NORAD clarified that the Russian aircraft remained in international airspace and did not enter American or Canadian sovereign airspace. This regular Russian activity in the Alaska ADIZ is not considered a threat, according to NORAD.
The ADIZ is a defined stretch of international airspace that requires the identification of all aircraft for national security purposes. NORAD utilizes a layered defense network, including satellites, ground-based and airborne radars, and fighter aircraft, to track and respond to aircraft. The command stated that it is prepared to employ various response options in defense of North America.
This incident follows a joint naval operation conducted by China and Russia near U.S. territory earlier this month, which prompted a significant response from the U.S. Navy. The joint operation involved 11 ships and approached Alaska's southwestern coast. Senator Dan Sullivan of Alaska, who was briefed on the matter by U.S. defense officials, expressed concern over the size and scope of this joint naval task force between two major American adversaries. The U.S. Navy deployed four destroyers to guide the Chinese and Russian ships away from American waters. Sullivan emphasized that this joint operation highlights the increasing aggression of authoritarian regimes in Beijing and Moscow.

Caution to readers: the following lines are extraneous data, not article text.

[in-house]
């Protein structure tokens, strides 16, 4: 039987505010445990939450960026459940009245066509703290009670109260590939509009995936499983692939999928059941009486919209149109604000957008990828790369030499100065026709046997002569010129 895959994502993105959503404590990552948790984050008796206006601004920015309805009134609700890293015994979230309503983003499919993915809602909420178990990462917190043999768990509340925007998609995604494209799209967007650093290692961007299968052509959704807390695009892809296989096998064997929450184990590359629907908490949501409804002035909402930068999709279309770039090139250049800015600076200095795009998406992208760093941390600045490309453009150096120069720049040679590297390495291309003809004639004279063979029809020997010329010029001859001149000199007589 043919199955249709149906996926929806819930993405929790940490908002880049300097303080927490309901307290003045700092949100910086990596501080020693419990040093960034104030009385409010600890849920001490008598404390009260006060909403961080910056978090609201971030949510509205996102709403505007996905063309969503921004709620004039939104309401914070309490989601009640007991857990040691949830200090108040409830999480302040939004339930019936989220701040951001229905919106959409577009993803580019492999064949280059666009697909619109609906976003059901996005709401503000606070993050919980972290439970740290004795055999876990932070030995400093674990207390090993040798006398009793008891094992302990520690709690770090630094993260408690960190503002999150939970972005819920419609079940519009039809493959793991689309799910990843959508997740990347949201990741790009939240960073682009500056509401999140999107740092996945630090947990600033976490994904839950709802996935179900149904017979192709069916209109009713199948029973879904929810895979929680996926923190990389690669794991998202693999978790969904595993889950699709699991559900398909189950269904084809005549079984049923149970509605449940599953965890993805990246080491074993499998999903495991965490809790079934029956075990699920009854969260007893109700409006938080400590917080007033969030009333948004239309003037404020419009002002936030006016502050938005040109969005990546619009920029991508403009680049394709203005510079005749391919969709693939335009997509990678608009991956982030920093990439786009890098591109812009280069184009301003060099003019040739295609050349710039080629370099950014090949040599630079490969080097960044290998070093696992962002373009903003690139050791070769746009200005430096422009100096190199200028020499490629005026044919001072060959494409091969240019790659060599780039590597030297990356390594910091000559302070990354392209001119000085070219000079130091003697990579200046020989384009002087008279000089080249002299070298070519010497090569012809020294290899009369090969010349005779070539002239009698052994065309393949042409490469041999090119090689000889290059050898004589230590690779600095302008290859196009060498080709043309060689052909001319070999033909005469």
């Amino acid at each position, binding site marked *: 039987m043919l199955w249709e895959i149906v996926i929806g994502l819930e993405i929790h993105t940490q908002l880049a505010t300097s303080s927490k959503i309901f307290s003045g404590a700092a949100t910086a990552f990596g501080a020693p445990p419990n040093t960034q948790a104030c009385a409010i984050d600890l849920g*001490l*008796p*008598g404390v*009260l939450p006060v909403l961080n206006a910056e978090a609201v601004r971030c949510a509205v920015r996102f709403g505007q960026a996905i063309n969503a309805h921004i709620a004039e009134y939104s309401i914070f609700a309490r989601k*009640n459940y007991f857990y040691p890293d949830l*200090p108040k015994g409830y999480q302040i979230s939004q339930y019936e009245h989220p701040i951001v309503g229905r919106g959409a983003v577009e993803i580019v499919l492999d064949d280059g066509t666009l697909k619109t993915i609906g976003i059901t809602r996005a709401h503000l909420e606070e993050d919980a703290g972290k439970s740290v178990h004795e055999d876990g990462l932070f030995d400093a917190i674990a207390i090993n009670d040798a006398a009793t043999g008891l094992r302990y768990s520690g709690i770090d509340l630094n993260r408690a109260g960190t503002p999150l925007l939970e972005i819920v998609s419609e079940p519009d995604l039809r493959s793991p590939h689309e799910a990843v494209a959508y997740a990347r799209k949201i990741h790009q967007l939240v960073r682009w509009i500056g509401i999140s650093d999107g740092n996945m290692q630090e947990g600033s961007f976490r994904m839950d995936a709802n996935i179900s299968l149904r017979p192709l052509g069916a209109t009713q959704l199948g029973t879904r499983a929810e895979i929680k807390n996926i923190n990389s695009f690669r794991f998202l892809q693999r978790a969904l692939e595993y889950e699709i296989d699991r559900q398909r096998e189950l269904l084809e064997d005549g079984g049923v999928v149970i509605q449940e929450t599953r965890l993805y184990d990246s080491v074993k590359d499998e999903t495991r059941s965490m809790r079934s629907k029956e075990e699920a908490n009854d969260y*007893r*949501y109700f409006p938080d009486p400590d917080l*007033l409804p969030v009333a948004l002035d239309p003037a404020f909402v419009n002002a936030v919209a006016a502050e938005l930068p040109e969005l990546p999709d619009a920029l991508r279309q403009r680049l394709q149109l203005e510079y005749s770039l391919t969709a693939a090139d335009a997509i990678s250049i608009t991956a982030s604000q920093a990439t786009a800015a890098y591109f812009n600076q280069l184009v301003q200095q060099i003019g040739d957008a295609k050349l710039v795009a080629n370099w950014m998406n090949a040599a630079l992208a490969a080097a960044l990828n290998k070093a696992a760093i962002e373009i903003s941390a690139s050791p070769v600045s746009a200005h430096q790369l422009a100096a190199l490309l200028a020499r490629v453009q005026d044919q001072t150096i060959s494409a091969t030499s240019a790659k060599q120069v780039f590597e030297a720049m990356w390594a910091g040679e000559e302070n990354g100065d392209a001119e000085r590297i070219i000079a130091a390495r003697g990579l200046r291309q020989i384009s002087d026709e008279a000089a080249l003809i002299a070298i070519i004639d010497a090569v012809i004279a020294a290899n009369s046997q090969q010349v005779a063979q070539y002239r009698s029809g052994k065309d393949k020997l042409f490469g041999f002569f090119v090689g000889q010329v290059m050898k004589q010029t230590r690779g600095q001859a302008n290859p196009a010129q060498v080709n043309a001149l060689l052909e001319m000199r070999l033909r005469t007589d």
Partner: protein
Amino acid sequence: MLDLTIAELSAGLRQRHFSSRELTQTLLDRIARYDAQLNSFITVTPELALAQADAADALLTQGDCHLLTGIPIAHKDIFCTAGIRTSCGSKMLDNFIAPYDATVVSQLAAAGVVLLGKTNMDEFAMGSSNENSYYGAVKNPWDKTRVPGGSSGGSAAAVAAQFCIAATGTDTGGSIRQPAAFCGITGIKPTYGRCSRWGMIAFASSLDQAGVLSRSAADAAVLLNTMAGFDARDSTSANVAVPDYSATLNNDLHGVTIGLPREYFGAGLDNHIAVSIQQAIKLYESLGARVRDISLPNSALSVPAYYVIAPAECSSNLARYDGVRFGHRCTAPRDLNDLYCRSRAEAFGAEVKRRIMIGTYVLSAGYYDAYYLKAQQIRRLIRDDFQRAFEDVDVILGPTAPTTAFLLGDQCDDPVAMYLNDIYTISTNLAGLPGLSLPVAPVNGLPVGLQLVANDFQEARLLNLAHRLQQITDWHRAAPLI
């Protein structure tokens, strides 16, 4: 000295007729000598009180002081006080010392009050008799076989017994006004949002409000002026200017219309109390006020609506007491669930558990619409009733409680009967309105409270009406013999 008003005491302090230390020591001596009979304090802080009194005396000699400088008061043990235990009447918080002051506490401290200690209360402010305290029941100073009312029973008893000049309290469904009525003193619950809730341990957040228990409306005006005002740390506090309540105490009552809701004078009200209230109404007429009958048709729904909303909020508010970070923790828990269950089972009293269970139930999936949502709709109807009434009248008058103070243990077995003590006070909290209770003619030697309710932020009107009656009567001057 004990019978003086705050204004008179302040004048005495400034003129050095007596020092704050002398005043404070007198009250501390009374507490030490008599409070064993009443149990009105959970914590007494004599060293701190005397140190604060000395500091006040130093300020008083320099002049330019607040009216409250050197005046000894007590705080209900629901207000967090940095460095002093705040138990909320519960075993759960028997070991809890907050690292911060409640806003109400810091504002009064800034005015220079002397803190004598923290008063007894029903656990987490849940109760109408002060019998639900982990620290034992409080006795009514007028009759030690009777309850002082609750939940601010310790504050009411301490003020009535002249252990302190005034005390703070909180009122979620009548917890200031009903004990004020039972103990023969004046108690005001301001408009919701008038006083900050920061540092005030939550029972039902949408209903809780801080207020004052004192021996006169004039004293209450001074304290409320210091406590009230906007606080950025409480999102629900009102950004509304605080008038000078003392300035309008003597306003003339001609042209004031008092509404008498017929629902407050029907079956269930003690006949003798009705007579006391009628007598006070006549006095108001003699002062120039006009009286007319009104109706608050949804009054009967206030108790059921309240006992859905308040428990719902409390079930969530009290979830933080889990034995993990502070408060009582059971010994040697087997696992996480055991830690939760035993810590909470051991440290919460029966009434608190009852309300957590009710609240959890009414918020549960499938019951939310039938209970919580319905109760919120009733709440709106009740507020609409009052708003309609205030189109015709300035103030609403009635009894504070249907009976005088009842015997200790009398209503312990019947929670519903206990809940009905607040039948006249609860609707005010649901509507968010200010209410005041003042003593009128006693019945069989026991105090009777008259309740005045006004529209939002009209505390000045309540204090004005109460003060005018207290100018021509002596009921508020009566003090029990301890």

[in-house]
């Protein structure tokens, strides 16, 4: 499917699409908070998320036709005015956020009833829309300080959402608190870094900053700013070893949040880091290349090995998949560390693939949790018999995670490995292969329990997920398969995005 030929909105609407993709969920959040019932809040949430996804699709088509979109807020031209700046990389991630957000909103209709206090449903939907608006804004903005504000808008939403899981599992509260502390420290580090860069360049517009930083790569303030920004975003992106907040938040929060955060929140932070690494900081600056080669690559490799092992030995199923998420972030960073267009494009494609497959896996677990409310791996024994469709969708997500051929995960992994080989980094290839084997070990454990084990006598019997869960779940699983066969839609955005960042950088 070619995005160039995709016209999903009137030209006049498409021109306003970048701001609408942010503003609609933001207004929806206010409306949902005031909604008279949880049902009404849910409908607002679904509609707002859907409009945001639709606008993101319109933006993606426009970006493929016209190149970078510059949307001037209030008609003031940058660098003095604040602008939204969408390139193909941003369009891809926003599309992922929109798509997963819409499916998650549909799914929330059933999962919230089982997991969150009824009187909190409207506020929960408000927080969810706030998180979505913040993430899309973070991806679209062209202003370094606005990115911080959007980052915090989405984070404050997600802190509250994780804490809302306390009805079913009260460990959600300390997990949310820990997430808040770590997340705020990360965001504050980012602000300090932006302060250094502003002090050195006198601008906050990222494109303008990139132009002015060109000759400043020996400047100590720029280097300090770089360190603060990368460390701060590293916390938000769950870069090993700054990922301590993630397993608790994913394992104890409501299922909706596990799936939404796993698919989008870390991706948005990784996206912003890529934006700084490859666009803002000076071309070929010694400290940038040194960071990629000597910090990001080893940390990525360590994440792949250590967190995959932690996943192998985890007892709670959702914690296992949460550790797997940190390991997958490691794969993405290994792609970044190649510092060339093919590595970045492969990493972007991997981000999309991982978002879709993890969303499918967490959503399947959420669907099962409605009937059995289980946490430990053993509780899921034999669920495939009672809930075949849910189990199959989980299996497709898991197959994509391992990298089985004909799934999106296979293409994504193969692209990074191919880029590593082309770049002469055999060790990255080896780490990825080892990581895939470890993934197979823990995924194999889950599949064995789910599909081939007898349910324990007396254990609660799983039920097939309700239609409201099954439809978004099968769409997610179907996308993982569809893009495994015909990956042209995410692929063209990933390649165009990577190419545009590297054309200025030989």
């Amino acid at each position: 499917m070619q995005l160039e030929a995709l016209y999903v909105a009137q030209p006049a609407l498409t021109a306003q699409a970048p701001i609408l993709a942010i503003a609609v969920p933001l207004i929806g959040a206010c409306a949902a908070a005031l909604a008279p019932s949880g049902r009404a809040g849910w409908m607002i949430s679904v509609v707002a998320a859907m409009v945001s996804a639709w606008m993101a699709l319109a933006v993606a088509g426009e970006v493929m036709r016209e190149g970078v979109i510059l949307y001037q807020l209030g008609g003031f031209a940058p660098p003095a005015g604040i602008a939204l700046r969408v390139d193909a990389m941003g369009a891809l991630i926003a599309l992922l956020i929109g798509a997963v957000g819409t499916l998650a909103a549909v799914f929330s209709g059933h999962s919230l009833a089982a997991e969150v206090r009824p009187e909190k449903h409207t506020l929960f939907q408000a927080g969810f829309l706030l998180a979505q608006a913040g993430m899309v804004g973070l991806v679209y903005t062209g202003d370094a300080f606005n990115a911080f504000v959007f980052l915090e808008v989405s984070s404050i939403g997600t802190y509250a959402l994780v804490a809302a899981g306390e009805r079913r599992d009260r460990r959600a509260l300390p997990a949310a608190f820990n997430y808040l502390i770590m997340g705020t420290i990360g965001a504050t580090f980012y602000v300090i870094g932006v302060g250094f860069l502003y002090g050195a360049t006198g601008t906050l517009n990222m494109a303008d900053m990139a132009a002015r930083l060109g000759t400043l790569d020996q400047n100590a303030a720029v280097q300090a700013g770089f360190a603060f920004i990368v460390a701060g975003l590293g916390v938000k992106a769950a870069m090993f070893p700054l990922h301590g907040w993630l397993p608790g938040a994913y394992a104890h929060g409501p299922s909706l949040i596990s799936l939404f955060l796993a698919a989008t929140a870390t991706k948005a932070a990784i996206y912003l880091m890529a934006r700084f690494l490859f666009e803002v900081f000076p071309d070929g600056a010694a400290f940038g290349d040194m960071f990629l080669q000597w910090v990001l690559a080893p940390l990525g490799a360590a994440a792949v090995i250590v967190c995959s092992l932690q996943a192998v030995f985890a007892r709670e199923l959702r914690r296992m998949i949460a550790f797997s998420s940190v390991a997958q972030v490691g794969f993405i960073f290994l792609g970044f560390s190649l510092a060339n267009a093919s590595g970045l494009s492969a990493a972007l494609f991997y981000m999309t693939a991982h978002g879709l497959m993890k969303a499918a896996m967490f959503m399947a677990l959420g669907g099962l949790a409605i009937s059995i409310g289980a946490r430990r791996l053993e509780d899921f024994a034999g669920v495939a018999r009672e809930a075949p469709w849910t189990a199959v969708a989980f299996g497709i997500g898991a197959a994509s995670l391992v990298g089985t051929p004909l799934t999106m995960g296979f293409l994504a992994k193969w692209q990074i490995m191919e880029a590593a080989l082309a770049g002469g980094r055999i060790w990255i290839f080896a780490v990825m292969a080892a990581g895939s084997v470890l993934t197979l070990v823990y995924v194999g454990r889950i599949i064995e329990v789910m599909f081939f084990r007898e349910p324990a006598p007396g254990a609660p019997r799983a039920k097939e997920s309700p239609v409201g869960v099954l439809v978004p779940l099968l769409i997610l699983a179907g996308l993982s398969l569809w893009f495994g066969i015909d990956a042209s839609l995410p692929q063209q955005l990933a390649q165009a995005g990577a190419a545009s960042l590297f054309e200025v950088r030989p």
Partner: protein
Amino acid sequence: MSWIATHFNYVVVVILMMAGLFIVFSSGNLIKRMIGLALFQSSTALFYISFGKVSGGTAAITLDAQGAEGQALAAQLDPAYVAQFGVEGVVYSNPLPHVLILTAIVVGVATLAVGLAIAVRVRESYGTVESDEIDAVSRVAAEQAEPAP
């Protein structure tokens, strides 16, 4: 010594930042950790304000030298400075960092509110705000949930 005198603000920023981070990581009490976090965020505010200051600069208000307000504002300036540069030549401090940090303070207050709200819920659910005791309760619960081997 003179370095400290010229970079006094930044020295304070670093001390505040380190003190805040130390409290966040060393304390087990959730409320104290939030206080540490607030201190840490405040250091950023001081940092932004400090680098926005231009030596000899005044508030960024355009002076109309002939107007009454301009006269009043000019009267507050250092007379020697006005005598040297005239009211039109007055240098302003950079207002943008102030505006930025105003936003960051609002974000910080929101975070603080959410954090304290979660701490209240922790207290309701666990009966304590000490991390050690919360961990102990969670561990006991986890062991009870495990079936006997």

NORAD has previously reported similar incidents of Russian aircraft entering the Alaska defense zone on multiple occasions, including July 3, May 15, May 11, and April 17. The May 11 and April 17 incidents involved a "routine intercept" by NORAD. The six Russian aircraft, including Tu-95 bombers, IL-78 tankers, and Su-35 fighter aircraft, were detected and intercepted on May 11.
These aircraft also remained in international airspace and did not enter American or Canadian sovereign airspace. NORAD conducted the intercept mission using F-16 fighters, F-22 fighters, KC-135 Stratotankers, and E-3 AWACS aircraft. Since 2007, when Russia resumed out-of-area Long Range Aviation activity, NORAD has averaged approximately six to seven intercepts of Russian military aircraft in the ADIZ each year.
NORAD's primary responsibility is to track and positively identify all military aircraft entering the ADIZ. The command routinely monitors aircraft movements and, when necessary, escorts them from the ADIZ. The presence of Russian military aircraft in the Alaska ADIZ is a recurring occurrence, and NORAD remains vigilant in ensuring the security of North America.